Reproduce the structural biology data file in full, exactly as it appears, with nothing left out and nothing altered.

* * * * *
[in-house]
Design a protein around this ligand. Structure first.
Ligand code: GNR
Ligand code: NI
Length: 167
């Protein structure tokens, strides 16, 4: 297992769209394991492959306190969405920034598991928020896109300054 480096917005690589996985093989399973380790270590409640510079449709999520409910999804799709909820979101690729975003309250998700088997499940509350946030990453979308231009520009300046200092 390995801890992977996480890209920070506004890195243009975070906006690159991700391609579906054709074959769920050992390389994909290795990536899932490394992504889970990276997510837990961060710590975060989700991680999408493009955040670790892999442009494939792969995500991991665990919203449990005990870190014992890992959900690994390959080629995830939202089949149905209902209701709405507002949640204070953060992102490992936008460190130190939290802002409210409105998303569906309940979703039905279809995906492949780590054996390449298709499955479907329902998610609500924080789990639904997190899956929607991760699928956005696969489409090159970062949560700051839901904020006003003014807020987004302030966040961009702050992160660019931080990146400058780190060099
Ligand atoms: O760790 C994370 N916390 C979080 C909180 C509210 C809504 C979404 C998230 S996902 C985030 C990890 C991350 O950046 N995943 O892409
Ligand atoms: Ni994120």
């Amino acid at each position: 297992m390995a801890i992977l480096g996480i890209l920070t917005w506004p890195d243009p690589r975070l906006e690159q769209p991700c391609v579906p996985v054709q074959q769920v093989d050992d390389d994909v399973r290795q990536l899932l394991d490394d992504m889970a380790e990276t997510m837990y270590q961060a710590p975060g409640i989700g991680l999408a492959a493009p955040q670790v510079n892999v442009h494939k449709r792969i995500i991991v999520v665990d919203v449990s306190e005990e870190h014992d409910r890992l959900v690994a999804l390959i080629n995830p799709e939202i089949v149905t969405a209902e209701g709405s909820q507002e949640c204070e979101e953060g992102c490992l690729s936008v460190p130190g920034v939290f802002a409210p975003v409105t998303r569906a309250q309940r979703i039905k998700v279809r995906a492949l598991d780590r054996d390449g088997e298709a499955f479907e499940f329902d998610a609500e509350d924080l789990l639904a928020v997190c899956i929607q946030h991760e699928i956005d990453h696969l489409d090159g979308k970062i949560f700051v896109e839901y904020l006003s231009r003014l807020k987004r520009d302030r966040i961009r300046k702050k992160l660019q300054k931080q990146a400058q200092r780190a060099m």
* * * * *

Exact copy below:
[in-house]
Design a protein around this ligand. Structure first.
Ligand code: GNR
Ligand code: NI
Length: 167
């Protein structure tokens, strides 16, 4: 297992769209394991492959306190969405920034598991928020896109300054 480096917005690589996985093989399973380790270590409640510079449709999520409910999804799709909820979101690729975003309250998700088997499940509350946030990453979308231009520009300046200092 390995801890992977996480890209920070506004890195243009975070906006690159991700391609579906054709074959769920050992390389994909290795990536899932490394992504889970990276997510837990961060710590975060989700991680999408493009955040670790892999442009494939792969995500991991665990919203449990005990870190014992890992959900690994390959080629995830939202089949149905209902209701709405507002949640204070953060992102490992936008460190130190939290802002409210409105998303569906309940979703039905279809995906492949780590054996390449298709499955479907329902998610609500924080789990639904997190899956929607991760699928956005696969489409090159970062949560700051839901904020006003003014807020987004302030966040961009702050992160660019931080990146400058780190060099
Ligand atoms: O760790 C994370 N916390 C979080 C909180 C509210 C809504 C979404 C998230 S996902 C985030 C990890 C991350 O950046 N995943 O892409
Ligand atoms: Ni994120």
């Amino acid at each position: 297992m390995a801890i992977l480096g996480i890209l920070t917005w506004p890195d243009p690589r975070l906006e690159q769209p991700c391609v579906p996985v054709q074959q769920v093989d050992d390389d994909v399973r290795q990536l899932l394991d490394d992504m889970a380790e990276t997510m837990y270590q961060a710590p975060g409640i989700g991680l999408a492959a493009p955040q670790v510079n892999v442009h494939k449709r792969i995500i991991v999520v665990d919203v449990s306190e005990e870190h014992d409910r890992l959900v690994a999804l390959i080629n995830p799709e939202i089949v149905t969405a209902e209701g709405s909820q507002e949640c204070e979101e953060g992102c490992l690729s936008v460190p130190g920034v939290f802002a409210p975003v409105t998303r569906a309250q309940r979703i039905k998700v279809r995906a492949l598991d780590r054996d390449g088997e298709a499955f479907e499940f329902d998610a609500e509350d924080l789990l639904a928020v997190c899956i929607q946030h991760e699928i956005d990453h696969l489409d090159g979308k970062i949560f700051v896109e839901y904020l006003s231009r003014l807020k987004r520009d302030r966040i961009r300046k702050k992160l660019q300054k931080q990146a400058q200092r780190a060099m």